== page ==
Wu-Tang style

Are Lady Wu-Tang hip-hop’s first true cover group?

See photo caption at the bottom

After almost a year of bumping “Protect Ya Neck,” “Tearz,”
and “Method Man,” The Wu-Tang Clan took the hip-hop world by the throat
when they released their debut album, Enter the Wu-Tang (36 Chambers)
on Nov. 9, 1993. Eight members deep on their debut, The RZA, The
GZA, Ol Dirty Bastard, Inspectah Deck, Raekwon the Chef, U-God,
Ghostface Killah and Method Man, The Wu-Tang Clan consisted of a cast of
characters who all had a signature voice, style and personality that
fused together to create some sort of super-group of unknown superstars.

The album, Enter the Wu-Tang (36 Chambers), spoke
on the realities of living in New York City in the early-’90s over
gritty, raw, unstructured, Kung Fu flick-inspired beats produced by The
RZA. Each member rapped with a hunger, passion and charisma that
mesmerized the listener, making hardcore underground hip-hop fans pick
their favorite member as if it was some sort of boy band. Enter the Wu-Tang (36 Chambers) went down in history as one of the greatest hip-hop albums of all time.

But that album was just the beginning. In the years that
followed, each member would release critically acclaimed albums of their
own. Method Man’s Tical, Raekwon’s Only Built for Cuban Links, Ol Dirty Bastard’s Return to the 36 Chambers: The Dirty Version and Ghostface Killah’s Ironman,
among others, solidified Wu-Tang’s presence and influence on hip-hop
throughout the 1990s. They inspired and spawned many affiliated groups
like Sunz of Man, GP Wu, Killarmy and so many other groups and solo
artists that a Wu-Tang Affiliates Wikipedia page had to be created. But
none of them could capture that energy and excitement of the original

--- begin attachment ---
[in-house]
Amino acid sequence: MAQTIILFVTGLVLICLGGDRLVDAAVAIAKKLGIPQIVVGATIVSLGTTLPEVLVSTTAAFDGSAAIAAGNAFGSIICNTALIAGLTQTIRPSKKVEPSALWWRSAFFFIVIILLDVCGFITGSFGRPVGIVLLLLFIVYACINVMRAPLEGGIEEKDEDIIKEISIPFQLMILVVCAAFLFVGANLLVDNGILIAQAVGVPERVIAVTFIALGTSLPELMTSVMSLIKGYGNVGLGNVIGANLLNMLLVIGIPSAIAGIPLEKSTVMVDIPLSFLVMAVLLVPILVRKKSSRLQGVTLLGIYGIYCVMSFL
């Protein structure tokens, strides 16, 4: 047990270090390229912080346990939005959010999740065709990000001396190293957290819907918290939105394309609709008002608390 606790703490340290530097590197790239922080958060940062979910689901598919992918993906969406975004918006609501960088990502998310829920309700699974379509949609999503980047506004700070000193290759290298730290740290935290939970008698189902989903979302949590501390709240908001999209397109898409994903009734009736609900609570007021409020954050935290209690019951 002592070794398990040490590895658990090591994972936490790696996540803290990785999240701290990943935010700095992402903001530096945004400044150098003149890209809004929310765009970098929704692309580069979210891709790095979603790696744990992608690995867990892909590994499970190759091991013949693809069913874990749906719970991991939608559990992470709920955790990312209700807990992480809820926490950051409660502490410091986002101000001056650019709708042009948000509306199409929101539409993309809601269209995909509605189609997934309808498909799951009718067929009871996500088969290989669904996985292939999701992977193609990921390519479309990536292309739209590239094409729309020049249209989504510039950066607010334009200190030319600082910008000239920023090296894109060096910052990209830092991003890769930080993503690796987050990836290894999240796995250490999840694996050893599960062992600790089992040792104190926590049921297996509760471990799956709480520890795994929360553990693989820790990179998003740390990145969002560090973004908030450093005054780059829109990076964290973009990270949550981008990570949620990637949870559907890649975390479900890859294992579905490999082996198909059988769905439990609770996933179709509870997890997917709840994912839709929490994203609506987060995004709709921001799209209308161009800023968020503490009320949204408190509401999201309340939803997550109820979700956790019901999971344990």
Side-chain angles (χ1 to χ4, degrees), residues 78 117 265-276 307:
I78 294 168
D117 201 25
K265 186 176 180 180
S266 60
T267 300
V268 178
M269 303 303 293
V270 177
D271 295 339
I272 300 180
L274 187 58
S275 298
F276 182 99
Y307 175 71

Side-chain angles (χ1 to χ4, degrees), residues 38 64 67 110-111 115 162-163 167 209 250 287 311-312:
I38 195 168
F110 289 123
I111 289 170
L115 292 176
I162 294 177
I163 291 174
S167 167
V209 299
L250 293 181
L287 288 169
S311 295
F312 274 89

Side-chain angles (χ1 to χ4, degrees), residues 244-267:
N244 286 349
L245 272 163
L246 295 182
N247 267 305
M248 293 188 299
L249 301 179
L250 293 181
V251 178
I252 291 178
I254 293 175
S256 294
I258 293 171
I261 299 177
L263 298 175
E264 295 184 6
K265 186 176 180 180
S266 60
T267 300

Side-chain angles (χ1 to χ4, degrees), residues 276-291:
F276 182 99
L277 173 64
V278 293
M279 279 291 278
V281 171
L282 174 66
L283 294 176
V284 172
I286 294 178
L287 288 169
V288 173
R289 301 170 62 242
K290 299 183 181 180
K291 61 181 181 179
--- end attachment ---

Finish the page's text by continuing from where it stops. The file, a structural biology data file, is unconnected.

Wu-Tang Clan.

With most revered bands and groups comes the case of cover
bands. Led Zepplin has a few. As well as Pink Floyd, The Grateful Dead,
Prince, The Time and other musical icons. Some of them are good, some of
them not so good. But the purpose for the majority of these collectives
is to honor the music that inspired them. In the hip-hop world, however,
it’s taboo as an artist to rap lyrics that aren’t yours, so the cover
groups honoring hip-hop heroes are few and far between, if there are any
at all. The closest you get is karaoke at a bar or recent karaoke video
games like Def Jam Rapstar. But it appears the tides are changing.

Lady Wu-Tang is an all-women Wu-Tang Clan cover group consisting of Denver-based rappers, poets, DJs and performance artists, giving tribute to one of the greatest hip-hop groups of all time. Ru
Johnson, a Denver-based journalist who covers the Colorado hip-hop
scene, came up with the idea for the project while on a trip to Chicago
last year.

“’Bring Da Ruckus’ scrolled through my iPod while I was
walking through the city. I was like this is dope, there really hasn’t
been a huge posse that has sustained for years like Wu-Tang,” Johnson
says. “So then I started thinking about what would happen if the real
Wu-Tang were all women in the first place? Like, would they be able to
do some of the outrageous things that make them such an epic group in
hip-hop history? Then I was like, I know a bunch of girls who rap and
who are performance artists, so what if we did that? What if we actually
created an all-female Wu-Tang Clan and did the 36 Chambers album as a cover show?”

Johnson flew back to Denver, connected with her business
partner Michelle Mata, and started contacting women within the local
music and arts scene. She ended up putting together a mix of well-known women who have
been putting in work on the Denver arts scene for years: Bianca Mikahn